In this study, the regulatory elements involved in ICAM-1 transcriptional response to phorbol ester (12-O-tetradecanoylphorbol-13- acetate; TPA) have been investigated in the human neuroblastoma cell line, SK-N-SH. TPA induced intercellular adhesion molecule 1 (ICAM-1) protein expression in SK-N-SH cells within 24 h of treatment as judged by indirect immunofluorescence. Basal ICAM-1 mRNA levels were barely detectable in untreated SK-N-SH cells but were induced by TPA to a maximal level within 4 h and were reduced thereafter. Analysis of the 5' promoter sequence of ICAM-1 revealed two regions that functioned equally in the TPA induction of ICAM-1 transcription. The first region (-145 to -227) contained a nuclear factor- κB (NFκB) element. The second region (-316 to -390) contained a putative TPA-responsive element (TRE; TGATTCA) and a TATA box. Deletion and point mutation of the latter region indicated that the TRE was indeed the functional element within this region and acted fully and independently of all other elements including the TATA box at position -352. This TRE bound TPA induced specific nuclear complexes in vitro containing junD, c-jun, c- fos, and fra2 but not cAMP-responsive element binding/activating transcription factor family proteins. ICAM-TRE binding activity was induced within 30 min following TPA treatment. This preceded the appearance of ICAM- NFκB site binding activity. Cotransfection of c-jun and c-fos expression vectors into SK-N-SH cells induced transactivation form ICAM-1 promoter constructs containing the intact but not mutated TRE site. Primer extension analyses revealed that TPA had induced transcription exclusively at two sites -40 and 41 bp upstream of the translation start site. These data show that the ICAM-TRE and its cognats jun- and fos-containing transcription factors play a predominant role in the transcriptional response of ICAM-1 to the protein kinase C activator TPA in SK-N-SH cells.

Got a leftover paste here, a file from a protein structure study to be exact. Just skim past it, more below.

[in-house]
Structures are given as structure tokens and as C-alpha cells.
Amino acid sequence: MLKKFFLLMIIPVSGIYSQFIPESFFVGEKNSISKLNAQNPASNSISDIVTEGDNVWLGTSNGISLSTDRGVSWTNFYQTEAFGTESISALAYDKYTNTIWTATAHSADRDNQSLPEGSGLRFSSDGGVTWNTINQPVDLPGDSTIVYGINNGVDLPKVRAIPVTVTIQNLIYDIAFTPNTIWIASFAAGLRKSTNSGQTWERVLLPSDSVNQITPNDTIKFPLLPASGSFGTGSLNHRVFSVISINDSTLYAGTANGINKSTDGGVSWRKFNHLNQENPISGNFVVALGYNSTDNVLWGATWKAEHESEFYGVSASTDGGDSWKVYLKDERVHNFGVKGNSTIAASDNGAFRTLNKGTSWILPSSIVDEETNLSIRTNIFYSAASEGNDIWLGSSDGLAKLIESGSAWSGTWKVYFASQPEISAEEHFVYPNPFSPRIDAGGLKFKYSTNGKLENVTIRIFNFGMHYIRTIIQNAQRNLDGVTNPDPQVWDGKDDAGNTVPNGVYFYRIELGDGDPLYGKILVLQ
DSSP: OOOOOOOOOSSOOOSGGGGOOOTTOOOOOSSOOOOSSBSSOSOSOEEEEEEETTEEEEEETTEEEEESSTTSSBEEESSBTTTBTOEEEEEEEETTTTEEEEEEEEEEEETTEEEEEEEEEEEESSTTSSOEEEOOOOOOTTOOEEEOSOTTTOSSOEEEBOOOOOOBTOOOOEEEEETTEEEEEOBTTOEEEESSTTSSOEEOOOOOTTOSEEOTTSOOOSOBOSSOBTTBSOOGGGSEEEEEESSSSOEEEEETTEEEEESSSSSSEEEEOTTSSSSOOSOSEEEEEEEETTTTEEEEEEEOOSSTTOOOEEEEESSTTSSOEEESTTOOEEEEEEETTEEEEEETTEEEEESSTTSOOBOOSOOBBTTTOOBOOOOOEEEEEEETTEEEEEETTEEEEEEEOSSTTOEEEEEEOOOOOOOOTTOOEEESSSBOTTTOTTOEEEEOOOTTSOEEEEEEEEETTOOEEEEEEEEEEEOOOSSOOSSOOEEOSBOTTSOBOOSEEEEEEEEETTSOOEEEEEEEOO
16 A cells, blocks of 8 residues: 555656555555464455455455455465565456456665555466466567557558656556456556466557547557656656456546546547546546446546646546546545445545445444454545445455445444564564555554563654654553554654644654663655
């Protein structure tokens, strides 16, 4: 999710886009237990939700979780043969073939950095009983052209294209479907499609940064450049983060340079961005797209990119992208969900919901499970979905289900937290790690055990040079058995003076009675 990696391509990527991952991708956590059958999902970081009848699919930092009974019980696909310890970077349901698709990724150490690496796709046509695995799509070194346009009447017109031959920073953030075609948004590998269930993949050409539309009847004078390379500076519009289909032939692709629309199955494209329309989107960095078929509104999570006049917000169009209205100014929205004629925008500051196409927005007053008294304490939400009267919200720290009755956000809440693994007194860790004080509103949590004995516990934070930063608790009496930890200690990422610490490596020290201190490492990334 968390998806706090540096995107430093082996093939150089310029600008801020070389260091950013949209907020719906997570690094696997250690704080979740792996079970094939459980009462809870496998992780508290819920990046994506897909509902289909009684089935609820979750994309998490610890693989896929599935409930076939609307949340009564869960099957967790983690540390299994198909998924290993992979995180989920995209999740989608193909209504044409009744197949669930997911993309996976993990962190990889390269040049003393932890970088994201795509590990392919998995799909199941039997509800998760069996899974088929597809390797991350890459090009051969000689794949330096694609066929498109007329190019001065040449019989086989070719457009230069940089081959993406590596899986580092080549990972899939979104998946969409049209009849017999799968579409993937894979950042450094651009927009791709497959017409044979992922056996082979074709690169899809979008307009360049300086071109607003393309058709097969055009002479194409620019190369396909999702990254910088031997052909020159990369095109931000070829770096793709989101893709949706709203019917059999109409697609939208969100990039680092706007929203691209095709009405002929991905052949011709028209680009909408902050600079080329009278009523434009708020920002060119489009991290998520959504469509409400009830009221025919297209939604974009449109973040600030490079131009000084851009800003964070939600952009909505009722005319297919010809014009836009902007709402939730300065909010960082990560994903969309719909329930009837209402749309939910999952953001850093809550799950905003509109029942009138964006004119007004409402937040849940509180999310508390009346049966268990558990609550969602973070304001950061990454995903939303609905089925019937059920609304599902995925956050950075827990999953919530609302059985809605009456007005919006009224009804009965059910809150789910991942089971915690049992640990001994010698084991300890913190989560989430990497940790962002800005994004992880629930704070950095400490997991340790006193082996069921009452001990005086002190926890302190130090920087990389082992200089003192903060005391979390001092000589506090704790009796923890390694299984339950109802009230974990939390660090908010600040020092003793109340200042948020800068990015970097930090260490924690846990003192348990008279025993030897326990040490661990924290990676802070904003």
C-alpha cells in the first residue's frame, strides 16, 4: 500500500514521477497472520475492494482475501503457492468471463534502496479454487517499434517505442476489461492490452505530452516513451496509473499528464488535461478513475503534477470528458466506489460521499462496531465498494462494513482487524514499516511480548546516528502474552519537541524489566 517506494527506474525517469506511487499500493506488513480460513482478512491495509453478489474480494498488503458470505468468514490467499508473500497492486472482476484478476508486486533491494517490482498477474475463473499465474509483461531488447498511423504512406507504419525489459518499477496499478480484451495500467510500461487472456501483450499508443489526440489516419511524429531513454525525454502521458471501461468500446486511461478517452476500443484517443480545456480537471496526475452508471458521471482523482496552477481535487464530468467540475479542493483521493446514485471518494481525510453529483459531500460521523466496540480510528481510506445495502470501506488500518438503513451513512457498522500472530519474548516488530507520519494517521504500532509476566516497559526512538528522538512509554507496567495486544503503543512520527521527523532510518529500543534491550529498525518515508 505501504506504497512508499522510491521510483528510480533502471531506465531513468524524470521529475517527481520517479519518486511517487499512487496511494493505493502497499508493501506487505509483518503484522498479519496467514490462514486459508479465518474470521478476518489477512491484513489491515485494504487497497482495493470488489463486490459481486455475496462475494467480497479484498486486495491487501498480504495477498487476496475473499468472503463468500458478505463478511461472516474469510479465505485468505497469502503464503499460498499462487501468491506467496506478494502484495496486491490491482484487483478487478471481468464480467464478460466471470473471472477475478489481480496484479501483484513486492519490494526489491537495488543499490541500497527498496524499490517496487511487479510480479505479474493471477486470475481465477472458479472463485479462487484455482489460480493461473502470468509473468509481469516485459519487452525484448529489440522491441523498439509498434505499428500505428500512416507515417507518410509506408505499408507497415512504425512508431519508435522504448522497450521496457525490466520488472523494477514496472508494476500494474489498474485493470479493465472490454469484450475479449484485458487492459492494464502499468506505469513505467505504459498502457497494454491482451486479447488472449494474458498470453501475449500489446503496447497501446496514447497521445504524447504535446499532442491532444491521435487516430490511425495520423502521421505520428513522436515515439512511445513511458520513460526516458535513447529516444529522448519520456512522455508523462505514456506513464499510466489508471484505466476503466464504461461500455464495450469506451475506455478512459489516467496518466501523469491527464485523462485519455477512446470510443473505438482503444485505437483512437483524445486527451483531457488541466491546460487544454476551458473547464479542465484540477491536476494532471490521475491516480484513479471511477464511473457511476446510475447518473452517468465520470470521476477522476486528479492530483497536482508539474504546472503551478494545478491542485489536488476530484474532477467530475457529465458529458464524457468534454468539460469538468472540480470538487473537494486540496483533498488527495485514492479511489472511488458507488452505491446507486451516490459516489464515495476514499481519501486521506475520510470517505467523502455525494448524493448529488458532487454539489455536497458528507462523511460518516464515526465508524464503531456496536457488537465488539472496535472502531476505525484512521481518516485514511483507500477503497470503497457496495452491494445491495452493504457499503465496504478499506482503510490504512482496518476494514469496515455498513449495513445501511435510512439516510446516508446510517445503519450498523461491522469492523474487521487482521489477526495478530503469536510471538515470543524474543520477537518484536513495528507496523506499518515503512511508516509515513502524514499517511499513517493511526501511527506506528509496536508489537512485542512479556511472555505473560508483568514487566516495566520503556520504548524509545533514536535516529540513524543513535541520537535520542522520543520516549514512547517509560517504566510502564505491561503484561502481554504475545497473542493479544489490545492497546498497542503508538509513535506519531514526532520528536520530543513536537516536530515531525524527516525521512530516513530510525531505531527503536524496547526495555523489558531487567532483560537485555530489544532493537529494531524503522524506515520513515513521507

|Number of pages||12|
|Journal||Cell Growth and Differentiation|
|Publication status||Published - Jul 1997|
ASJC Scopus subject areas
- Cell Biology
- Molecular Biology